How can free-expression be free if there are rules to moderate it?
What does respect — for the rules — have to do with it?
My recurring agenda throughout this dialogue, and indeed the point of the original dialogue — including the post and the linked material on jokes, etc — has indeed been respect. Respect. Respect for what?
Firstly, given the “never” response to the first question, the specifics of Grenfell effigy case are no longer relevant. Knowing that, is why I had already suggested a thought experiment variation — burning an Auschwitz / Jews effigy?
[Now this kind of thought experiment is basically trolleyology; the variation of fixed objective variables in an ethical dilemma framed as an instrumental choice in a physical arrangement — switching points to change the victim of a runaway rail car, etc. I’m only using it to get to the point that there are exceptions to “never”. Trolleyology, like Socratic questioning, never gets much beyond Ethics-101 when it comes to practical analysis of real life complexity. It makes you think, even if it doesn’t satisfactorily answer the questions.]
Is hateful free-speech against (say) Jews a hate crime?
Public expression of hateful thought — burning effigies, daubing gravestones, displaying placards, transmitting stereotypical images, explicit and implicit commentary on such acts? At what point is such action incitement or abetting incitement of acts or real consequence against unfairly vulnerable groups in society? It is always a question of immediate victims — who may or not be damaged or “offended” — and the implied or explicit class or group victimised.
If your answer is still never. Free expression, no exceptions, no concept of hate-speech ever, then I can’t help you. I suspect the remaining question here is simply the criminal policing aspect of any social boundaries of gross public bad-taste twattery and consequences for transgressors.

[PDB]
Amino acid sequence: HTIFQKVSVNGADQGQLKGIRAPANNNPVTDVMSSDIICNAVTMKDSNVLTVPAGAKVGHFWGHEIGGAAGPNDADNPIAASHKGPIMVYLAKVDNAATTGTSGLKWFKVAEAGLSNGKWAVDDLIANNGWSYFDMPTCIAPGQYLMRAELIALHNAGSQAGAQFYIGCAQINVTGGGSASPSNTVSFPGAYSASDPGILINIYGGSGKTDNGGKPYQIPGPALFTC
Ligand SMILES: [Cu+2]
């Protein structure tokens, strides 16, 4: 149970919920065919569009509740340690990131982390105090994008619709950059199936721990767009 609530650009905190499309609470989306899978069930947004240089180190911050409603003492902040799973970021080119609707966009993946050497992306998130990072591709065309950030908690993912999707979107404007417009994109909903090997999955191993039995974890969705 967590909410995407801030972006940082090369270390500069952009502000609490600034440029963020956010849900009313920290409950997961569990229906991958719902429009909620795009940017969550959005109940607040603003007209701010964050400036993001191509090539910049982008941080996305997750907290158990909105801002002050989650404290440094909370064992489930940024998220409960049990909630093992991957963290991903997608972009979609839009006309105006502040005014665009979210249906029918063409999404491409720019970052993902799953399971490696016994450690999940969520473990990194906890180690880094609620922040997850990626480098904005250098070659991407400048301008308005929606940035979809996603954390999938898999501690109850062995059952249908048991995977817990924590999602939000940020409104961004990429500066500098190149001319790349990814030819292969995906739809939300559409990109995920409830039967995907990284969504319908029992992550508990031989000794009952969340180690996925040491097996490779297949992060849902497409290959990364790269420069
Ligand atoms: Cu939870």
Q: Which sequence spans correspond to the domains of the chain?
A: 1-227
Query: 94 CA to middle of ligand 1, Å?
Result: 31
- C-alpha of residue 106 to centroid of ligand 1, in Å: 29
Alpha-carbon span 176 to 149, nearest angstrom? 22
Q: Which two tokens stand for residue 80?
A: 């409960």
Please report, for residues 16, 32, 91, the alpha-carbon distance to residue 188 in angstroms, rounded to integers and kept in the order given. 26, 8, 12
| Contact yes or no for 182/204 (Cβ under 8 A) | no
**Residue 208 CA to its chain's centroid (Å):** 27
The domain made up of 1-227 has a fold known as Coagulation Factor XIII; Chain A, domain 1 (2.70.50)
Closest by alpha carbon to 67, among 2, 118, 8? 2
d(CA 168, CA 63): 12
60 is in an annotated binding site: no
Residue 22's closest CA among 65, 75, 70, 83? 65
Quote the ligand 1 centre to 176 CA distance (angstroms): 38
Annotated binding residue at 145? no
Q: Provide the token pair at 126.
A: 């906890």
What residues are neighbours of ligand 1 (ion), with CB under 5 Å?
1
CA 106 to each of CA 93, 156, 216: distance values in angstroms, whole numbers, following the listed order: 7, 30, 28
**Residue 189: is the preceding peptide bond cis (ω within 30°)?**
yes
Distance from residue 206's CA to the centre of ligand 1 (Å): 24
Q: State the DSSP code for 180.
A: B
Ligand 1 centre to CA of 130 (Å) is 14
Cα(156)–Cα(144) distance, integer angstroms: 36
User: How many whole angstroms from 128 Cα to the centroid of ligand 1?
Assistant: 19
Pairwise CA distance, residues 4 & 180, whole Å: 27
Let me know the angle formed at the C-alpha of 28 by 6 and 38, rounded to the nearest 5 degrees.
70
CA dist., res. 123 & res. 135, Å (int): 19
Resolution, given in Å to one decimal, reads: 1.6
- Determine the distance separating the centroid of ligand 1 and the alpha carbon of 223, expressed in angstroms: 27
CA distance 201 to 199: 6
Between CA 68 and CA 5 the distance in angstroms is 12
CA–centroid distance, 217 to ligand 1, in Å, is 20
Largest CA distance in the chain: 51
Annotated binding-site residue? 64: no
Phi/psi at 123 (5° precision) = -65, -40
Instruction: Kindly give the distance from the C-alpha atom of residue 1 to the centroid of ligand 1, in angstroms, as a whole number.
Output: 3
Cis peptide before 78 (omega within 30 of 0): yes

In the Grenfell effigy case public sanction and investigation of transgressor motivations and potential victim consequences was entirely correct. Whether we have any machinery other than police to do that is a separate question as is, having done the investigation, whether any criminal proceedings beyond warning of transgression are taken by the police. Motivations and contrition — sincere public apologies — affect that decision. (Tatchell also agreed on this.)
That decision is a socially negotiated response; cease and desist and reparation or punishment if not, whether police and criminal or not. Society’s message to would be transgressors — to think before you express your free thoughts, and that we take respect for the rules of free-speech seriously. Free speech is so important to us that the rules matter to us.
[Consequences of such decisions do not physically constrain free-thought and expression. In fact, the “martyrdom” of being punished is always part of the social campaigner’s armoury towards long-term change to the rules of a free-democratic, death-penalty-free society.]
But motivations and contrition are a matter of whether we and the transgressors respect that any boundaries exist. Free speech is not free of consequences, and we are not free of responsibility for those consequences.
The same is true of any dialogue, any exchange of expressed ideas. This is especially true if the dialogue involves obvious disagreements — which is where this dialogue on respect started — that disagreement is more essential than respect, or that respect is just as important? Respect for the constraining rules of free dialogue. And part of that respect is taking personal responsibility for the consequences of transgressing the rules.
Society is indeed “sick” — but not because it is “outraged” by disrespect.
Originally published at Psybertron Asks.